The euphoria or intense happiness that a person experiences when he or she uses crack is the main reason most people use this drug. Cocaine and crack intensify the effects of dopamine in the brain which leads to this feeling called a rush. Once the person stops using the drug, the rush will end, and the person may crash.
Your friend may become more irritable and tend to become angry with less provocation than before. These periods of anger, sandwiched in between periods of euphoria, can make it very difficult to know what to expect with your loved one. The irritability and anger are negative effects of the cocaine on the brain, especially as the person needs to use larger amounts of the drug to get the same type of high.
As the person gets deeper into crack cocaine abuse, he or she may exhibit psychological changes. Depression is common, especially when the person is not using the drug; the brain is less able to normally manage dopamine levels with prolonged use. The person may not be able to feel happiness without using.
Paranoia and Hallucinations
You may also notice that your friend thinks that someone is out to get them or seems to hear or see things that are not there. Prolonged use or high doses of crack can lead to paranoia or even full-blown psychosis. The person may lose touch with what is going on around him or her and may even have hallucinations.
Risky Sexual Behaviors
Crack use often lowers inhibitions and may cause your friend to become more sexually aggressive. While high, your loved one may be more likely to have sex with more than one person and also may be less likely to use protection.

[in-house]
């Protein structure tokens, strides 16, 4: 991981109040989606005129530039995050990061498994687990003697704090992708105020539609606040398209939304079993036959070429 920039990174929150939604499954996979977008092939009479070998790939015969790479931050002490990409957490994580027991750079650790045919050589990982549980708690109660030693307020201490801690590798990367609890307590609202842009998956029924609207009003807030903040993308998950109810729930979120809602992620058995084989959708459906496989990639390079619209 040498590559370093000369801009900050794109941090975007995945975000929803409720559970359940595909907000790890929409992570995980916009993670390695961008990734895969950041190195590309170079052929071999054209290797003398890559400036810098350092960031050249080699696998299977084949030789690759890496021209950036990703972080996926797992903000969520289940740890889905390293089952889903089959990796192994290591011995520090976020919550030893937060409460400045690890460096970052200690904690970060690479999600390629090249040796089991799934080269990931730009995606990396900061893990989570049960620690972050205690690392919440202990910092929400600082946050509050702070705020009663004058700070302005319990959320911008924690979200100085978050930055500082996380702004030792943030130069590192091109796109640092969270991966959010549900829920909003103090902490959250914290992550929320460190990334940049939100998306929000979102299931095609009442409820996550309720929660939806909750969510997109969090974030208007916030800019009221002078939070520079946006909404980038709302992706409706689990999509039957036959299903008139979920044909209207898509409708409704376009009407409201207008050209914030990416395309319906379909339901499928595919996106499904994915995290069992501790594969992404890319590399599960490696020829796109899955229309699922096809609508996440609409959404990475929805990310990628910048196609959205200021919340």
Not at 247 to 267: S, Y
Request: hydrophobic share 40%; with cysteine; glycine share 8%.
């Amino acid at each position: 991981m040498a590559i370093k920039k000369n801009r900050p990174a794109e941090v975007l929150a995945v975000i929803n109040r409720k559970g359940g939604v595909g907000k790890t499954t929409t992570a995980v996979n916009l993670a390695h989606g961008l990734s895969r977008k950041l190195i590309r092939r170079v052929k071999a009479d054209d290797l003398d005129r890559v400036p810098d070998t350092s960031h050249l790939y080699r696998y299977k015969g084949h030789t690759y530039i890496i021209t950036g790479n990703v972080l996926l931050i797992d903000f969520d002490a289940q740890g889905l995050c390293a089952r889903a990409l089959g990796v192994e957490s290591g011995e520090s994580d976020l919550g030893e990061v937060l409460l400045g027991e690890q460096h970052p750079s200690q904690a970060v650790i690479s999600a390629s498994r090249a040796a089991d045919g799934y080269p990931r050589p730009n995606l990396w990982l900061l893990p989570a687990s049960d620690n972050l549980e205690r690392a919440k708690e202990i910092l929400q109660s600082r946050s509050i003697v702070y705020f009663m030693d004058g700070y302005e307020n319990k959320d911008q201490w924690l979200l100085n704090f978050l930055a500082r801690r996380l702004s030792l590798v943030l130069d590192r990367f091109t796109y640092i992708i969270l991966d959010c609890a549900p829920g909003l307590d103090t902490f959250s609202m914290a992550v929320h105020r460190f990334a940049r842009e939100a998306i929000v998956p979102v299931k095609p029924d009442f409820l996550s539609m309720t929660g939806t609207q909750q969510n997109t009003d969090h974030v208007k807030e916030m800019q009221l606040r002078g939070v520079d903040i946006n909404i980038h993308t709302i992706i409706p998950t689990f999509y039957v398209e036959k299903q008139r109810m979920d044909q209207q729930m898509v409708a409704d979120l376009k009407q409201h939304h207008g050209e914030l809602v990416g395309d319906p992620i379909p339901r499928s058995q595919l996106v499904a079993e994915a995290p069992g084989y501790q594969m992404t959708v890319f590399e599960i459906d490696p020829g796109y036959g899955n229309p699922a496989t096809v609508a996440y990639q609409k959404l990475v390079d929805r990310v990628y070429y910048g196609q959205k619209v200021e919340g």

Getting fixes of crack cost money and to get more crack cocaine, an addict may be willing to have sex with anyone to get more of the drug or to get more money to buy more. Both of these behaviors can increase the risk of getting a sexually transmitted infection or getting pregnant.
Increased Tendency Towards Violence
As a part of the mood swings, aggression, and paranoia, your loved one may be more prone to violence. This also may be related to the need to earn money to fund the crack use.
People who attempt to get off crack on their own face some rather daunting withdrawal symptoms, including hunger, paranoia, cravings, irritability, and extreme anxiety. These symptoms make an addict want to use the drug again, and this is why it's so difficult to stop. People who have been on the drug for a long time will have to undergo medical attention to ensure they remain medically stable throughout the withdrawal process.
Noticing the Signs
There are many signs to crack cocaine addiction. However, even if you notice these signs in your friend or loved one, there is still a lot of work left to do. You may want to help, but you can't do it all by yourself - you should contact a drug counselor or drug treatment center for guidance.
Addicts have a disease and need treatment for it. Unfortunately, treatment fails if the patient is not a willing participant and does not want to quit. Be patient; your loved one will need your help along the long road to recovery.